On Tuesday, the festival atmosphere in Sacramento around the movie “Sicko” was the biggest media frenzy since the potent combination of celebrity and politics came together during the recall campaign.
Folks in Sacramento are still talking about the movie, but the focus is on the actual movie. A few reactions.
I don’t want to spoil the movie for those who may go see it after it opens on May 29th. So instead of saying what the film is, I’ll say what it is not:
It isn’t too sad, or too serious: While I have my own critique of Michael Moore’s style and politics, I have followed him closely throughout his career, not just Roger & Me and Farenheit 911, but The Big One and Bowling for Columbine, and, most importantly, his TV ventures TV Nation and The Awful Truth–which were precursors to the “fake news” satire now provided by Jon Stewart and Stephen Colbert. Throughout his work–even on a subject like Columbine–there’s been a wit and a humor in showing the absurdity of our situation, and that as true with Sicko.
In a film that has wrenching health care horror stories–several people I know in the audience cried–it’s punctuated with several laugh-out-loud moments. Some are profound, some are simply silly. For a serious subject, and in a film with deadly serious moments, there is welcome room for levity and fun.
It isn’t about the uninsured. The opening credits starts with some examples of uninsured people and the tough choices they have to make. But Moore’s narration is clear: the film isn’t about them. His focus is on the problems facing the insured, and underinsured, and then an explanation of the health systems of other countries. As a political strategy, it’s understandable: over 90% of voters are insured.
This doesn’t mean that Moore doesn’t believe that insurance doesn’t matter. He was clear Tuesday that people should be covered, and that not having coverage has a real cost to people, including in lives. But he also offers a damning indictment of insurance companies.
It really isn’t even about health care. As a consumer advocate on health care issues, I tend to stay focused on the topic at hand. Moore, on the other hand, perhaps as he is firmly identified as an icon on the left, deliberately wades indiscriminately into the minefields of recent American politics: President Bush, Soviet-era communism, 9/11, France, Guantanamo Bay, Cuba, Castro, Che Guevara, taxes, and the “nanny” state (literally!) and European-style socialism.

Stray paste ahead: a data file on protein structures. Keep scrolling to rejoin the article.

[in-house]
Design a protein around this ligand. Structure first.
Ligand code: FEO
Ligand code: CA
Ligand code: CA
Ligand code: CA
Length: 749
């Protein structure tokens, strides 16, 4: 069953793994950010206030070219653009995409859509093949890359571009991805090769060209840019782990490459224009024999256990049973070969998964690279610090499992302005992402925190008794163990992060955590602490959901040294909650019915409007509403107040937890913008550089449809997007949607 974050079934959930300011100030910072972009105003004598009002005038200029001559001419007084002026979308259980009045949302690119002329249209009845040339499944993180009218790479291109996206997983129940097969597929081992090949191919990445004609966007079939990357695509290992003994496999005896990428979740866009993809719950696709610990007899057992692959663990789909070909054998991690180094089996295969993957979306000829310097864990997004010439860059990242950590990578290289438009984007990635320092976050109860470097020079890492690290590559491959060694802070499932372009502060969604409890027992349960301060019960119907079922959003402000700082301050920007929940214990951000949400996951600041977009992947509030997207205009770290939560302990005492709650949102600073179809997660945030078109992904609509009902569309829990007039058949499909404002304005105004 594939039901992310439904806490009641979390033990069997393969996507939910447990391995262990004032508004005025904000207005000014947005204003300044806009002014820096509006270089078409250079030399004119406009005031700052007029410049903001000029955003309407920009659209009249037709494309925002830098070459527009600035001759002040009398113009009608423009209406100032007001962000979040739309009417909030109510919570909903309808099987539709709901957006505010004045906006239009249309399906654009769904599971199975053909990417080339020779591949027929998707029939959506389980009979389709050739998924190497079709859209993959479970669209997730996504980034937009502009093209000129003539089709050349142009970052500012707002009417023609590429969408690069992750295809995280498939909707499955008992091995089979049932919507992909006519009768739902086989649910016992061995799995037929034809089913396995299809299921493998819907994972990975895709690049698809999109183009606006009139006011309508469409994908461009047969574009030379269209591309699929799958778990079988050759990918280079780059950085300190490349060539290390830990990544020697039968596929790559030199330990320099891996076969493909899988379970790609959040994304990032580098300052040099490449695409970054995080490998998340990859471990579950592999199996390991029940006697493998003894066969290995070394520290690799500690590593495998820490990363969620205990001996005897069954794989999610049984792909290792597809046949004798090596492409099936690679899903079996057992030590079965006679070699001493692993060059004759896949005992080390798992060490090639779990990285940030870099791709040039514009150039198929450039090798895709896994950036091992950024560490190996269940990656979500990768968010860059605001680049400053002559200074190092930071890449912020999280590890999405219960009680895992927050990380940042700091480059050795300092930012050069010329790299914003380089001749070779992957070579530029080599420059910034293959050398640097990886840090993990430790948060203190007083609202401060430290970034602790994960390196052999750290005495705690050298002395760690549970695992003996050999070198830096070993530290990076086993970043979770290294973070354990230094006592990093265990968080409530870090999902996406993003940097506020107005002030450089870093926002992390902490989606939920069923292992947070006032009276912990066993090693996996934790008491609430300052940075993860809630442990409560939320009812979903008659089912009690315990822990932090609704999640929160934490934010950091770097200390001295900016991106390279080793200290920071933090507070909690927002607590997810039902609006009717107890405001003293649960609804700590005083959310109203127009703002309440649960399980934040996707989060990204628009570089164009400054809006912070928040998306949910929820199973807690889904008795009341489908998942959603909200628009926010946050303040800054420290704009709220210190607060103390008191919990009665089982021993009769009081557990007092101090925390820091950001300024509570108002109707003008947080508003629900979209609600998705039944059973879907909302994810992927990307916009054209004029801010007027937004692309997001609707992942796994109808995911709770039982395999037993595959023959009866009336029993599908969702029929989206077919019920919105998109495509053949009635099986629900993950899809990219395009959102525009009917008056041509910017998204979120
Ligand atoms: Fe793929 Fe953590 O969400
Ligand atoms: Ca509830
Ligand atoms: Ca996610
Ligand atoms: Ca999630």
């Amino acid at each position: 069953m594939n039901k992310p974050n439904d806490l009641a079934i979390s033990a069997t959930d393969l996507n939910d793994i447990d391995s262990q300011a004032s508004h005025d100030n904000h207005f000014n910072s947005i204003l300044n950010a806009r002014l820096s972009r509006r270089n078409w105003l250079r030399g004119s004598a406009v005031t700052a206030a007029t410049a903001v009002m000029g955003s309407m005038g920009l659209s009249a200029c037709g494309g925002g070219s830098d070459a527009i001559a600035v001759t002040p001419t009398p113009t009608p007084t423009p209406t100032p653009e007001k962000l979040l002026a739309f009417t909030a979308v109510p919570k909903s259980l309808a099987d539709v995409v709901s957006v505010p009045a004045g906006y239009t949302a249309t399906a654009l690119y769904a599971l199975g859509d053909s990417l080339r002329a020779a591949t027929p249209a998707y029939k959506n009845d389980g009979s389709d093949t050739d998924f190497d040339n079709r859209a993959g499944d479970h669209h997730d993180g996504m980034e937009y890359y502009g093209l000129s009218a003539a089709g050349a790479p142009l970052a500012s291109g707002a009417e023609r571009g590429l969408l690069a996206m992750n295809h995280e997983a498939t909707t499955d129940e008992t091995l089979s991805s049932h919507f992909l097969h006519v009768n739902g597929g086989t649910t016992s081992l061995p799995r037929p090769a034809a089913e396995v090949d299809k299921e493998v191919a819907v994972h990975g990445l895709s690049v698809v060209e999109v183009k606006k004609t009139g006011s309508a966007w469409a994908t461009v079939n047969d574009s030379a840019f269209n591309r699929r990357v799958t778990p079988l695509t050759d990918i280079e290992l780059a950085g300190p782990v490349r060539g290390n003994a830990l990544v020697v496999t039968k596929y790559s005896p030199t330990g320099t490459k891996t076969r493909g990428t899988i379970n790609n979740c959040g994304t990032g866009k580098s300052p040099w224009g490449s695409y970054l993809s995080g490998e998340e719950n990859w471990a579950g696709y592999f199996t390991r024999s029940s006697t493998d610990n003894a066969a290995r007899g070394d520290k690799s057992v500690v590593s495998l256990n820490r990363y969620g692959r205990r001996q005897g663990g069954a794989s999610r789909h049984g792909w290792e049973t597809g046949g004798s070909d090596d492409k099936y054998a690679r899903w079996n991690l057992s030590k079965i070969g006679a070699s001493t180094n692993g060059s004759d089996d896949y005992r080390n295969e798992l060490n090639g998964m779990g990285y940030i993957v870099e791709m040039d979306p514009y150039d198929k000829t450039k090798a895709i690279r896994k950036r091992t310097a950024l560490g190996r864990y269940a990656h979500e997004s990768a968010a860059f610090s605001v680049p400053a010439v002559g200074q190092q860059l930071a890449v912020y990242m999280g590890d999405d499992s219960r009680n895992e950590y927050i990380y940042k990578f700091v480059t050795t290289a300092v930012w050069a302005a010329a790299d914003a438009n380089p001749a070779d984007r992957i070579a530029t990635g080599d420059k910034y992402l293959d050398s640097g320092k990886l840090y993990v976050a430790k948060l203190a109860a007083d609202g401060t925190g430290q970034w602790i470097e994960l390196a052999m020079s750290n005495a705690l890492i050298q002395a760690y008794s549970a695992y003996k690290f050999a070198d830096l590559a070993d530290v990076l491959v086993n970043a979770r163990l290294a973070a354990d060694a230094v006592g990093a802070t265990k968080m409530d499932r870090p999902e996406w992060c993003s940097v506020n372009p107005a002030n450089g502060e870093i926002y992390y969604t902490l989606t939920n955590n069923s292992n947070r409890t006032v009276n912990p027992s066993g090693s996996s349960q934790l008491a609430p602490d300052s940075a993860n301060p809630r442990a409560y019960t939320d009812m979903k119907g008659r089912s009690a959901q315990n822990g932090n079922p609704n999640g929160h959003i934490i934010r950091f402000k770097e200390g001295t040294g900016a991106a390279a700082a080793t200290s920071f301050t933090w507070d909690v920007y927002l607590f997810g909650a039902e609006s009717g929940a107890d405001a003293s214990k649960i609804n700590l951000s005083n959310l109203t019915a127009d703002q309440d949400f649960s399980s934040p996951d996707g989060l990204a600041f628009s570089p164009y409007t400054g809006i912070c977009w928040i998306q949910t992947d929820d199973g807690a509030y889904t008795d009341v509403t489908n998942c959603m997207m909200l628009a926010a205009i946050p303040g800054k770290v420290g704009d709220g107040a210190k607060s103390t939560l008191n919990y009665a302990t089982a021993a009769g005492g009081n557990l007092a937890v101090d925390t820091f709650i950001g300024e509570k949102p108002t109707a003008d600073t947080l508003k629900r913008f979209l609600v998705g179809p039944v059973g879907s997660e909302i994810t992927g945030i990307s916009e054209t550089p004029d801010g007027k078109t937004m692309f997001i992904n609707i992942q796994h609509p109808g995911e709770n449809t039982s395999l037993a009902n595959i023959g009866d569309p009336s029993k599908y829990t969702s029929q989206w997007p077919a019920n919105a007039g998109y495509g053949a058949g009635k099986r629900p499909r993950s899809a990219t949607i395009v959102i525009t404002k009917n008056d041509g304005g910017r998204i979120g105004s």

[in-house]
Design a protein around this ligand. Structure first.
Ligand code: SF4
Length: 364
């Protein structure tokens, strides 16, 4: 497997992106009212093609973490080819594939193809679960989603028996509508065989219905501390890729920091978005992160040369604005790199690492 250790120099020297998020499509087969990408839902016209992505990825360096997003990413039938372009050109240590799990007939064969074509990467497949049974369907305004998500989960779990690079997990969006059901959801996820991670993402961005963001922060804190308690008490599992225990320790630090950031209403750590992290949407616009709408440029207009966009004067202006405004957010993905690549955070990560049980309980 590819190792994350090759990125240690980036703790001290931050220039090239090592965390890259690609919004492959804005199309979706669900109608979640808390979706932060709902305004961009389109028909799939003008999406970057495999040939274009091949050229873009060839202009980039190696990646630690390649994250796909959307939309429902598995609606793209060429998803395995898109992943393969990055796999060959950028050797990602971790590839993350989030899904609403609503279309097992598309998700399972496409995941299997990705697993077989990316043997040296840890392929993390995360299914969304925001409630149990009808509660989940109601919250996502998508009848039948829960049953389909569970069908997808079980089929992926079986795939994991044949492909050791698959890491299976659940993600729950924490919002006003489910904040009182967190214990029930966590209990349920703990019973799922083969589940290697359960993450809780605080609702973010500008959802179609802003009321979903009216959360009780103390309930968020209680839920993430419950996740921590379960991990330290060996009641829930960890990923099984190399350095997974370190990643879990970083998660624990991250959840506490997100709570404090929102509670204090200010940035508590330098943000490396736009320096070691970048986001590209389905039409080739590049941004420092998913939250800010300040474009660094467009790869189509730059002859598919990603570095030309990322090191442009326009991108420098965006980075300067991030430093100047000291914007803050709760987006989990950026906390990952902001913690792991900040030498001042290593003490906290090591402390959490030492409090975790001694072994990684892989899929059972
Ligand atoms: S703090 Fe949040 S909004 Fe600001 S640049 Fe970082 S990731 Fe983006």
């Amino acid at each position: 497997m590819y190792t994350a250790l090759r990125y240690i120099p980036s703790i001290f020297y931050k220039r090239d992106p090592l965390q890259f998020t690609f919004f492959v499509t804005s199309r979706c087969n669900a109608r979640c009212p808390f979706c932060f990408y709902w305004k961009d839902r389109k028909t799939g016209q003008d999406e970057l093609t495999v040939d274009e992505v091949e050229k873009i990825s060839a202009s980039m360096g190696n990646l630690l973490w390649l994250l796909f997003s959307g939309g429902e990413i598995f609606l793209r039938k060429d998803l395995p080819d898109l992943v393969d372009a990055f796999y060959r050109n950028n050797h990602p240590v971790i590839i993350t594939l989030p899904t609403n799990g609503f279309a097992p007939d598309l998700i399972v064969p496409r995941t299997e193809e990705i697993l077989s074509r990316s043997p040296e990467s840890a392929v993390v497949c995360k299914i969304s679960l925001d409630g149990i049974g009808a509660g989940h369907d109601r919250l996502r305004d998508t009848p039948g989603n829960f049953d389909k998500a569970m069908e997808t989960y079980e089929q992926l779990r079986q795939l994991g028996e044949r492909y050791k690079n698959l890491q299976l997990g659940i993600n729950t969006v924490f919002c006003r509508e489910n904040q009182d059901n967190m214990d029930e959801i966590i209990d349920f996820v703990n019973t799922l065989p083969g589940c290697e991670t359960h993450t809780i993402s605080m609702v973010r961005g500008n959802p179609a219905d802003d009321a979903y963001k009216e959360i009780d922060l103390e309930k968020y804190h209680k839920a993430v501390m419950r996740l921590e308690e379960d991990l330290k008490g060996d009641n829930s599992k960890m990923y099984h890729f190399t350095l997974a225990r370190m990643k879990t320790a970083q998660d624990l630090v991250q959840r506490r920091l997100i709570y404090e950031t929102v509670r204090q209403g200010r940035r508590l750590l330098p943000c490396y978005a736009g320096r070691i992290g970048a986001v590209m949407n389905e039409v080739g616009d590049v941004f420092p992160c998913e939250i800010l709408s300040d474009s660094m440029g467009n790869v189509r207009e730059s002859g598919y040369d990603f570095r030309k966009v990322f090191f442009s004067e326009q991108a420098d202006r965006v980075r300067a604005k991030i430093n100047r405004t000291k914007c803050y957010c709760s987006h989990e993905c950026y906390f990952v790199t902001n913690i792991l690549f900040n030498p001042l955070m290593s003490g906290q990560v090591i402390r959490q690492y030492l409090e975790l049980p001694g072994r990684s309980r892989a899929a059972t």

It’s the luxury of communicating in a 2-hour movie rather than a 10-second soundbite. But these sojourns aren’t digressions from his main point: he ultimately is trying to make a much bigger point about “America’s soul.” Moore is trying to convince people of something more than just the need for a universal, even single-payer, health care system. He’s advocating a different way to view government and society.
He merely uses health care as an example for a much broader discussion, that encompasses education and child care, how we treat the homeless and mentally ill, and about our society focused on “me, not we.”
That said, health care is a useful issue to make these points. Health care works best in group coverage, when we share the risk and cost of care, knowing regardless of how healthy we are, that one day, by age or accident, we will need significant care ourselves. Health care works worst–and is most expensive–when the individual is left alone, at the mercy of the big insurers and providers. And that’s a lesson for the health reform discussion in both California and the nation.